Asian shares swept to their highest levels for 2009 on Wednesday after upbeat U.S. economic news boosted riskier assets leveraged to global growth, while the U.S. dollar slipped to a one-year low.
Commodities also benefited from the wave of optimism, with gold spiking to an 18-month high above $1,016 an ounce and crude oil briefly climbing above $71 a barrel.
Most major Asian stock indexes posted gains of 1 percent or more in the wake of Tuesday's strong reading on U.S. retail sales, with exporting countries leading the way.
South Korea's KOSPI <.KS11> climbed 1.8 percent to a 15-month closing peak, while Australia's resource-packed S&P/ASX 200 index <.AXJO> jumped 2.4 percent to an 11-month high.
The sentiment is phenomenal. Right across the board it's green as a vegetable garden in spring, said Michael Heffernan, senior client adviser and strategist, Austock Group in Sydney.
It's chalk and cheese compared to a year ago when there was no confidence. Now people are gradually getting confidence back. The sentiment and the ambience of the market is decidedly upbeat, he said.
While Heffernan was referring to the Australian market, his sentiment seemed to be shared across the region.
The MSCI index of Asia-Pacific shares <.MIAPJ0000PUS> excluding Japan rose 2.1 percent to its highest this year. The MSCI benchmark is now up about 53.5 percent for the year.
Investors even managed to look past a 1 percent decline in the volatile Shanghai market <.SEC>, virtually the only regional market to ease on Wednesday.
Japan's benchmark Nikkei <.N225> added a more modest 0.5 percent, restrained in part by uncertainty over the economic policies of the new government.
Japan's new prime minister, Yukio Hatoyama, takes office on Wednesday and is set to announce his cabinet line-up after a huge election win.
The Bank of Japan began a two-day policy meeting, but analysts weren't holding their breath for the outcome given rates are already near zero and policymakers are reluctant to go any further with exceptional easing measures.
The gains for Asian stocks came courtesy of better U.S. news.
U.S. retail sales jumped 2.7 percent in August, the fastest growth in 3-½ years, data showed on Tuesday.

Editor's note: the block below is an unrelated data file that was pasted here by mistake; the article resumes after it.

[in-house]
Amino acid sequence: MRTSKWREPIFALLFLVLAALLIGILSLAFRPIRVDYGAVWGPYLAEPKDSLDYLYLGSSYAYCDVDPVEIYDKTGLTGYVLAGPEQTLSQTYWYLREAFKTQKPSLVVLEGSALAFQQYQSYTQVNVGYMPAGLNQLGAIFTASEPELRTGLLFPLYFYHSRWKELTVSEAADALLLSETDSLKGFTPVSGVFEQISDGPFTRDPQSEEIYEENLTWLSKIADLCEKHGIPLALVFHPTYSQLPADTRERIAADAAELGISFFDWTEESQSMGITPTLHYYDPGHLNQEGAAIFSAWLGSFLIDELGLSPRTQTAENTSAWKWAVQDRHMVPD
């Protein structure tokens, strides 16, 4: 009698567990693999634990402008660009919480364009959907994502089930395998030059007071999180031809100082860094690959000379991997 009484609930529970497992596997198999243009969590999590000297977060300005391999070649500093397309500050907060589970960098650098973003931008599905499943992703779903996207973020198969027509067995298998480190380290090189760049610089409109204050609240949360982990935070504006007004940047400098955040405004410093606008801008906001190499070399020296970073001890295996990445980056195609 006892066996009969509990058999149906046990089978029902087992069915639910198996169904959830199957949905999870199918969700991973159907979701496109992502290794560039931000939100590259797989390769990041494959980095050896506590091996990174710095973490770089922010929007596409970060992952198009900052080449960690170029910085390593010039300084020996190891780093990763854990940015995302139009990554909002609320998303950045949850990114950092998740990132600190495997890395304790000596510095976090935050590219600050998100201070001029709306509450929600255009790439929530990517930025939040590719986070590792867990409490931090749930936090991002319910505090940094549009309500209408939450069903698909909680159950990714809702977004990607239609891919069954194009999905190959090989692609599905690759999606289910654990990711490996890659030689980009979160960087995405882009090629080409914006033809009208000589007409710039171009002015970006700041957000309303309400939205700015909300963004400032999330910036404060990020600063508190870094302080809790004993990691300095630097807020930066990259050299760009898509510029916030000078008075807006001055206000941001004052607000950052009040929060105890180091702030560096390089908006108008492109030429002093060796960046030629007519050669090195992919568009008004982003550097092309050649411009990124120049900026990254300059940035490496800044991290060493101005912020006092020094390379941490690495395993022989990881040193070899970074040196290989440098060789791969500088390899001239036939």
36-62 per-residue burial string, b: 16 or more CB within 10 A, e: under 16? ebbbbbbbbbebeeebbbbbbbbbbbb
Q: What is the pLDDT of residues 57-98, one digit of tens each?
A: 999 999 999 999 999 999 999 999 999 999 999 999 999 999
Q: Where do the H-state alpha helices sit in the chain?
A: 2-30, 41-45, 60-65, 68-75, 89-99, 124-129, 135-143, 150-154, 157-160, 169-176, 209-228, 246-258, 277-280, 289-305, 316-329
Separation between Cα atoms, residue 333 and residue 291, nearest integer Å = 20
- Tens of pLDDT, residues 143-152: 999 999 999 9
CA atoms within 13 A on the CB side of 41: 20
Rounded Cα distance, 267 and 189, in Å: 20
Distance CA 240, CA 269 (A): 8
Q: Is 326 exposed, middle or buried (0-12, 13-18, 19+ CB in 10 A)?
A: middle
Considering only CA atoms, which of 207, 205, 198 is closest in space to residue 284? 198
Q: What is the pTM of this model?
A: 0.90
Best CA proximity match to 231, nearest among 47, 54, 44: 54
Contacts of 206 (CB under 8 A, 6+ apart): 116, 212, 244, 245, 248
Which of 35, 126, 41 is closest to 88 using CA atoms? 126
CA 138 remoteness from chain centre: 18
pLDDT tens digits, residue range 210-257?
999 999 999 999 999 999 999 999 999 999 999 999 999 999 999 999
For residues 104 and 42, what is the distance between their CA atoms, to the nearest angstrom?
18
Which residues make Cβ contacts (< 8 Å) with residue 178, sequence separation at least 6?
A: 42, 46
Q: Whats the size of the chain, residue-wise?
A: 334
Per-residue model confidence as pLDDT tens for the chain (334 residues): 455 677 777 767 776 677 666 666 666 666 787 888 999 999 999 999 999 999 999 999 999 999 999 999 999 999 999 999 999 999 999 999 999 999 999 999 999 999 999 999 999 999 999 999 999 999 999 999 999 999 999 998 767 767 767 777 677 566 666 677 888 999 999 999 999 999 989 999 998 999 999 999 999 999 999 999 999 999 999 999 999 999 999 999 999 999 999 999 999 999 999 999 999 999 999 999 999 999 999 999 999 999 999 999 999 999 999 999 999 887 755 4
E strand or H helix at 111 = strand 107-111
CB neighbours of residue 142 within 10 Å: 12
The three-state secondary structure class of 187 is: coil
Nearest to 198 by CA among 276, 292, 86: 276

Federal Reserve Chairman Ben Bernanke felt confident enough to declare the U.S. recession very likely over, though he added that the recovery would be very slow.
The rise in sales added to expectations U.S. economic growth would stage a sizable rebound in the third quarter, thanks in part to businesses rebuilding inventories to meet demand.
That in turn augured well for the exporting nations of Asia and their currencies, especially those of big commodity producers such as Australia.
As the global recovery continues and risk diversification takes place we could see the U.S. dollar stay under pressure for the next six months, said Amber Rabinov, an economist in foreign exchange and international economics at ANZ in Sydney.
Measured against a basket of major currencies <.DXY> the dollar slipped as deep as 76.376, the lowest since last October, while the euro powered to a new 2009 high around $1.4690.
The dollar also eased to 90.60 yen, partly on talk investors were using the U.S. currency for carry trades.
Until recently, the low-yielding yen was the currency of choice for investors who borrow cheap to buy riskier assets or high-yielding currencies. But that has changed since 3-month U.S. LIBOR rates fell below Japanese rates.
We expect the dollar to test its recent lows on the yen, and probably fall as low as 87 yen as talk of it replacing the yen as a funding currency gathers momentum, said Rabinov. (Writing by Wayne Cole; Editing by Hugh Lawson)